We're all cast adrift here. There's a pirate DJ, whose companion is a toy monkey; a museum curator, whose friend is a cat; and Marianne, whose live-in lover, Alan, is periodically drawn away from her to the sea. In Zero Degrees (and Drifting), the 11th show created by the inventive Leeds-born Unlimited Theatre company since it was formed, seven years ago, tales of salty endeavours and nautical snapshots ebb and flow around the incident of the young man on the shore.
When a mysterious stranger is washed up like a piece of flotsam or jetsam, Marianne, instead of calling the emergency services, rescues him, takes him to her lighthouse-home and installs him in her boyfriend's bed. Distracted from measuring weather and preserving fish, she is soon dedicating herself to saving the visitor. Who is he, where has he come from and what has caused his battered yet beautiful body to be abandoned in the ocean? Hints are given about the torture of a boy with a speech impediment, and the stranger certainly seems to have lost his tongue, though something sparkles in the air when he opens his mouth. Does he have a spiritual quality, this beautiful merman? He certainly has a magnetic attraction not only for Marianne but also for Alan, who lusts after him.
That's one side of this tidal tale. Back on dry land, the Museum of Everything That Matters has been condemned by those who think that nothing matters. An inventory of its dwindling contents reveals surreal collections of weather, lovingly preserved in glass cases, and long-lost memories catalogued in wooden drawers. A computerised test of British citizenship that throws up increasingly banal questions delights the earnest curator, Bea, Middle-England-conditioned. Yet even she shows hidden depths in the audio diary in which she is recording each stage of the crumbling descent of her beloved museum into the sea.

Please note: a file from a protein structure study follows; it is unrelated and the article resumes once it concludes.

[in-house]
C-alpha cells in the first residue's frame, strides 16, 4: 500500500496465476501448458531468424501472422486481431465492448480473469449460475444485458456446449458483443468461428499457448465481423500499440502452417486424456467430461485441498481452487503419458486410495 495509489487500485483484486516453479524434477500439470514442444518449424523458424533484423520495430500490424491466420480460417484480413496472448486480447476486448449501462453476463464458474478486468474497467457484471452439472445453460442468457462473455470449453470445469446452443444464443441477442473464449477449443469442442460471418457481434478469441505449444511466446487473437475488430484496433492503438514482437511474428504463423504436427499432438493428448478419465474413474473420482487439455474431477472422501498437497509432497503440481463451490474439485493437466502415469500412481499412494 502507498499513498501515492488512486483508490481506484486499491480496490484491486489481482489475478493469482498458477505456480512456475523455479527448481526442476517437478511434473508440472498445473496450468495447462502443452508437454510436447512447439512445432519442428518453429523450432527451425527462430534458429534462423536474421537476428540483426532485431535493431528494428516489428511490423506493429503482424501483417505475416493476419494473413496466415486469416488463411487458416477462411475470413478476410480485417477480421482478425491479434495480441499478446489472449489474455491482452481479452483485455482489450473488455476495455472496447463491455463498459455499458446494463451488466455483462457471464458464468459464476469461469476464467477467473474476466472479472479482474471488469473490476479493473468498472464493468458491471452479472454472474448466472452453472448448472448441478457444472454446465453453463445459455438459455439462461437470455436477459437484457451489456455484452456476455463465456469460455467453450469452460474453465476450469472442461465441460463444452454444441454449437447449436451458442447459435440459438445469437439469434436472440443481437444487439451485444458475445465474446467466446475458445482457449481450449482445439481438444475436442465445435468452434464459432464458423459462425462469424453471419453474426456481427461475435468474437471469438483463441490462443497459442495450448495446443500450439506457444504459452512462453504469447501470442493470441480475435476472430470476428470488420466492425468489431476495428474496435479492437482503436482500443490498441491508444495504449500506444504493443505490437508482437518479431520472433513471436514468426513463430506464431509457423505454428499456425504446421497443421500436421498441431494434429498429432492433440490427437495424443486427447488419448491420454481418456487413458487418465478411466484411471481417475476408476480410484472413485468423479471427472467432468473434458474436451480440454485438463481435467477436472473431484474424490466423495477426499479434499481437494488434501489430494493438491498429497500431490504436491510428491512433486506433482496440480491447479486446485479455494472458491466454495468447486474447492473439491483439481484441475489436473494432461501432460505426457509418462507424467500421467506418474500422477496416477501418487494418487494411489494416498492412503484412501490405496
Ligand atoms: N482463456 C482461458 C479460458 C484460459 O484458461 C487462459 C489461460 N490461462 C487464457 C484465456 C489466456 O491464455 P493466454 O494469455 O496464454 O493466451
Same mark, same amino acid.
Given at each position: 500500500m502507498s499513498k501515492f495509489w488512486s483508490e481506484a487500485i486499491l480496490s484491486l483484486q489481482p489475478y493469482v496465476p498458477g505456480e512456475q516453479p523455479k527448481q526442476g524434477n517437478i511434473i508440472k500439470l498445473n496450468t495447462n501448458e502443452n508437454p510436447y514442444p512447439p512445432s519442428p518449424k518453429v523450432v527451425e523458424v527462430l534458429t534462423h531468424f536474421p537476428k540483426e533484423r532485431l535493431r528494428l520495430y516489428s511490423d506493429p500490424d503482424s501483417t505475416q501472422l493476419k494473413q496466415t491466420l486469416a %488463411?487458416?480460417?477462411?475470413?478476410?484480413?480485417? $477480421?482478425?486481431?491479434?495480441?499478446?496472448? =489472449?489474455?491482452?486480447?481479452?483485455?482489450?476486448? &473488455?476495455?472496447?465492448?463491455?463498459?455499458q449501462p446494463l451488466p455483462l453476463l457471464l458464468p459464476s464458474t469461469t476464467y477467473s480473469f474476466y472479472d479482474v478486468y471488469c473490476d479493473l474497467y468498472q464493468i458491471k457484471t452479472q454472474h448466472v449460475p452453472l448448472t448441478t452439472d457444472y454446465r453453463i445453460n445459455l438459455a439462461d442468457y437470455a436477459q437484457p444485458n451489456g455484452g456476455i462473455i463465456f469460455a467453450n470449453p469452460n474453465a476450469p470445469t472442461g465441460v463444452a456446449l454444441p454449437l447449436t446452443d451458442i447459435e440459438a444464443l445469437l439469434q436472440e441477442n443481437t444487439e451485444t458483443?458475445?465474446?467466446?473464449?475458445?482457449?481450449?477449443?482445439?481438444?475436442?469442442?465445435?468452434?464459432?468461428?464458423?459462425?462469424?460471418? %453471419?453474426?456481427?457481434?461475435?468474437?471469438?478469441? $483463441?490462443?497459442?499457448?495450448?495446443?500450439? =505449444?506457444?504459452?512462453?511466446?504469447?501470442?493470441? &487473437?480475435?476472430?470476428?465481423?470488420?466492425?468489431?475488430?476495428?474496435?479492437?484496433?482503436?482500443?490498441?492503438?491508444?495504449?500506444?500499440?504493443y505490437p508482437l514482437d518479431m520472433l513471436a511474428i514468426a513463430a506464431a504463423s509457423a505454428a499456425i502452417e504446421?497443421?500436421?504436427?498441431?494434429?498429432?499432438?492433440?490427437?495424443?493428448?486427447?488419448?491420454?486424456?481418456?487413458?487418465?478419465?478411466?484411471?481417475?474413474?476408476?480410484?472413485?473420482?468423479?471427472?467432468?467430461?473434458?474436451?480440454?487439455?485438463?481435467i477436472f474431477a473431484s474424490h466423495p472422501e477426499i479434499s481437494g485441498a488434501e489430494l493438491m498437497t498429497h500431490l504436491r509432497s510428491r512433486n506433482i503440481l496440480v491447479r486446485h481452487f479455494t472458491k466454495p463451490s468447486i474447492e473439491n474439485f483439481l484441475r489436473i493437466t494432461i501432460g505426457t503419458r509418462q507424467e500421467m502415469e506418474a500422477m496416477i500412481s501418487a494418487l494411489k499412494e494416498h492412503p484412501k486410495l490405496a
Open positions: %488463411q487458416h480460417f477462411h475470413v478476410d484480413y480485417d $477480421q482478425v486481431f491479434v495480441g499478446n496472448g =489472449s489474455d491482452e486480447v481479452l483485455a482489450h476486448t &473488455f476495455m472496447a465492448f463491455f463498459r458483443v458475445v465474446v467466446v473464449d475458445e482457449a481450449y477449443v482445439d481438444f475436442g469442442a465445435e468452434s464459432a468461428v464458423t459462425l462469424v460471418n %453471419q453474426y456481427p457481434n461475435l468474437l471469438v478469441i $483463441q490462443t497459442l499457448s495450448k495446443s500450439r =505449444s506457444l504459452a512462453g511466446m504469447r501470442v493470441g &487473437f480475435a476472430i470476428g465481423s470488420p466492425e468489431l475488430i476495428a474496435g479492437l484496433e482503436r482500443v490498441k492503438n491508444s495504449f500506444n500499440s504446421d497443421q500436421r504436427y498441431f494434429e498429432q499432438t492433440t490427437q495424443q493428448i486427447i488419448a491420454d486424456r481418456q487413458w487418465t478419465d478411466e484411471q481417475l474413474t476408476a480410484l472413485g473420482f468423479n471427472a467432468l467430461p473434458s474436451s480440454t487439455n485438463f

Meanwhile, the anonymous voice of the DJ drones on, broadcasting from a boat that is floating somewhere and nowhere, buoyed by an endless tide of news of missing persons and the odd tortoise.
In Jon Spooner's production, Sarah Belcher brings humanity to the role of Marianne, while Nathan Rimmel's Alan clearly wishes that charity began anywhere but home. A more conclusive ending might have compensated for the lack of any governing passionate idea, and even a hint of resolution with the departure of the enigmatic visitor would have been welcome. But in the play's quirky world of missing people and lost souls, you just have to go with the flow.
Contact Theatre, Manchester (0161-274 0600) tonight and tomorrow; Warwick Arts Centre (024-7652 4524) 2 and 3 November; Theatre Royal, Bath (01225 448844) 4 to 6 November Traverse Theatre, Edinburgh (0131-228 1404) 10 to 13 November; Crucible Studio, Sheffield (0114-249 6000) 17 to 20 November